4. Regardless of the utter stupid idea of a 'firewall', the margins of the combined company will need to improve.

I am not the only one that thinks Google needs to wake up.  The market does as well.  In relation to its technology peers, Google is seriously lagging.  At a time when AAPL, MSFT, IBM and MA, along with the overall market has seen significant multiple expansion, GOOG has seen a multiple contraction.

The above chart shows the change in trailing PE from early January to February 29th. (I included MA or IBM because I view them as general technology performance. But AAPL and MSFT are better competitor comparisons.)

The obvious reason for this is due to Google's poor performance last quarter. They were below estimates, and the stock took a hit.  The only thing keeping it afloat is the overall performance of the market and technology.

Google has the opportunity to see hyper growth and be a true competitor to Apple in the mobile space, but their current vocalized strategy is rejecting the opportunity.

Instead, Google has vocalized an approach that will have it merely be a competitor to Microsoft, and the two will be fighting for Apple's crumbs.

Google and Microsoft have taken the "PC model" OS strategy in a "Post PC" world!  Does anyone else see the stupidity in that logic?!?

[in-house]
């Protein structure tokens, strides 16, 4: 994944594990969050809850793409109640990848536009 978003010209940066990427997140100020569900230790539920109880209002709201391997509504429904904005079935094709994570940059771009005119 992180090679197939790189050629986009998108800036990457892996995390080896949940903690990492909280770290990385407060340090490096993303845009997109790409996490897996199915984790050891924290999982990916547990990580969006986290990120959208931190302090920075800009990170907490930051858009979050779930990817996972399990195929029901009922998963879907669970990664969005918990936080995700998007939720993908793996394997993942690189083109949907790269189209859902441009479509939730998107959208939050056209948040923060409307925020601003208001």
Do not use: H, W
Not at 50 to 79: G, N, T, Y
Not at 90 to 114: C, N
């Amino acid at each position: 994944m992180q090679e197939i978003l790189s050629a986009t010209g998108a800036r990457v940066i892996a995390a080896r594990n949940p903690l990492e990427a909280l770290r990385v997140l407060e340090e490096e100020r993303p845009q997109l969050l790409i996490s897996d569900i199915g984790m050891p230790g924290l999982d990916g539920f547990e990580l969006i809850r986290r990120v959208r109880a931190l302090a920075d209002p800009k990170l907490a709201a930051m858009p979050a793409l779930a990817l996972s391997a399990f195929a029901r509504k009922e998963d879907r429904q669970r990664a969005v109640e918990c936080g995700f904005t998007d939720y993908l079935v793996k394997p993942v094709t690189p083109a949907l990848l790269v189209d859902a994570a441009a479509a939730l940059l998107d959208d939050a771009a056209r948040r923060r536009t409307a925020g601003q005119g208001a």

The "PC model" OS strategy in a "Post PC" could work if there is a tremendous amount of communication and organization between the OS developer and OEMs. But Google already proved the level of cooperation is simply not there.  (Microsoft is so far behind, their level of communication remains to be seen. And as of now, the only OEM they are really cooperating with is Nokia, which makes cooperation easier.)

Each company is entitled to whatever strategy they choose. But that strategy needs to get implemented correctly.  Right now, the numbers prove it is not.  One of the weak spots in the recent Google report was the lower revenue from mobile ads.  And while Google was giving away Android to make a couple of bucks from each device via mobile ads, Microsoft is collecting a steady stream of licensing revenue per Android devices sold and Apple's iPhone business became larger than Google and Microsoft combined.

I could go into a lot more detail about this (regarding the economics, tablet growth and the effect on developers, and more), but frankly, if Google wants more help, my email is in the About section.

I am looking to invest in Google, but I need to see a properly executed strategy. In the mean time, GOOG is a show me story.

Just an FYI... on an interesting note, Samsung is investing heavily in their own OS and ecosystem.  At least one other company may want to emerge as a true competitor to Apple.